PyWart: Module access syntax

Steven D'Aprano steve+comp.lang.python at
Fri Jan 11 17:02:34 CET 2013

On Thu, 10 Jan 2013 22:01:37 -0800, Rick Johnson wrote:

> Python's module/package access uses dot notation.
>   mod1.mod2.mod3.modN
> Like many warts of the language, this wart is not so apparent when first
> learning the language. The dot seems innocently sufficient, however, in
> truth it is woefully inadequate! Observe:
>  name1.name2.name3.name4.name5
> Can you tell me which names are modules, which are classes, and which
> are methods/functions? Wait, i know the argument you'll use:
>   """I can decipher from spelling! Modules use all lowercase, classes
>   use initial uppercase, and methods use words_sep_by_underscore. I'm so
>   smart!"""

Wrong. My answer is... 

Who cares? Why do you care which names are modules, classes, etc? This is 
Python, and duck-typing rules!

Today I have:

x = mylib.stuff.spam().parrot.speak()


- mylib is a module
- stuff is a separate module imported into mylib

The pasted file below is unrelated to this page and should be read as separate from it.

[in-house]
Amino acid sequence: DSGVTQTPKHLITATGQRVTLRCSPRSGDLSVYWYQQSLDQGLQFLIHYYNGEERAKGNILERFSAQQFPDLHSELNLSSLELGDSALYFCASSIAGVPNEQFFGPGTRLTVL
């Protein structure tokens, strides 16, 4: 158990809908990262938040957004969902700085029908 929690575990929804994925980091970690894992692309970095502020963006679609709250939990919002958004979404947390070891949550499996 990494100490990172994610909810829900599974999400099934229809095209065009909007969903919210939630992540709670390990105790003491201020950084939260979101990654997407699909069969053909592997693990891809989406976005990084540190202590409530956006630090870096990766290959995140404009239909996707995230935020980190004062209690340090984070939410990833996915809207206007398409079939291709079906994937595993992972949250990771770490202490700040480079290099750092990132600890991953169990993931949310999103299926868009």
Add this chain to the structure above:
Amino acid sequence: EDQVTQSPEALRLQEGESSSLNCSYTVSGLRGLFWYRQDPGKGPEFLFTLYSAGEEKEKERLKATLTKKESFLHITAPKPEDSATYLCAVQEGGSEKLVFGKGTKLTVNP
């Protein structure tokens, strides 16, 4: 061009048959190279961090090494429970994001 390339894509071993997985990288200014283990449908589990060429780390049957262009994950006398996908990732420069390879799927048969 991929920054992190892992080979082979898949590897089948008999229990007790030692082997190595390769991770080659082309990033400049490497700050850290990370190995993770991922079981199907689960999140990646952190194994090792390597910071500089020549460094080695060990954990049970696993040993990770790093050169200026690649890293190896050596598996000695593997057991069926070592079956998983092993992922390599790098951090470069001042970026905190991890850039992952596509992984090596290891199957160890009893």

- spam is a class
- parrot a data attribute
- and speak a method. 

But then tomorrow I re-factor the code and turn:

- mylib into a package
- stuff into a module of the package
- spam into a factory function
- parrot into a property
- and speak into a dynamically generated static method created using 

How do I write this new code? Exactly the same as the old code -- no 
changes are required!

x = mylib.stuff.spam().parrot.speak()

*It doesn't matter* what kind of entity each of the dotted names 
represent, so long as they have the expected interface.

> The solution is obvious by using proper syntax.

Solution to what? You can only have a solution once you have identified a 
problem. You have not identified a problem. In any case, your suggestion 
is *not* obvious.

>  import lib:gui:tkinter:dialogs.SimpleDialog as Blah

Which names are packages, modules, classes, methods, functions, or other 

Why do you have lib:gui but dialogs.SimpleDialog? Is the rule "classes 
should always be preceded by a dot?"

Following this import:

import lib:gui

how do I access attributes of that module? 

x = lib:gui:function() perhaps? Now I have to remember which attribute 
access uses dot operator and which uses colon operator.

Does this mean there needs to four new be special methods:


to match the regular dot operator methods


? Or do you think that the Python compiler should special-case attribute 
access from modules?

> You /could/ use two colons:
>  import lib::gui::tkinter::dialogs.SimpleDialog as Blah

Before thinking about the syntax, you need to think about the behaviour, 
identify what actual problem you hope to solve, and how you hope to solve 
it. Not just throw random syntax around and hope that it's "obvious".


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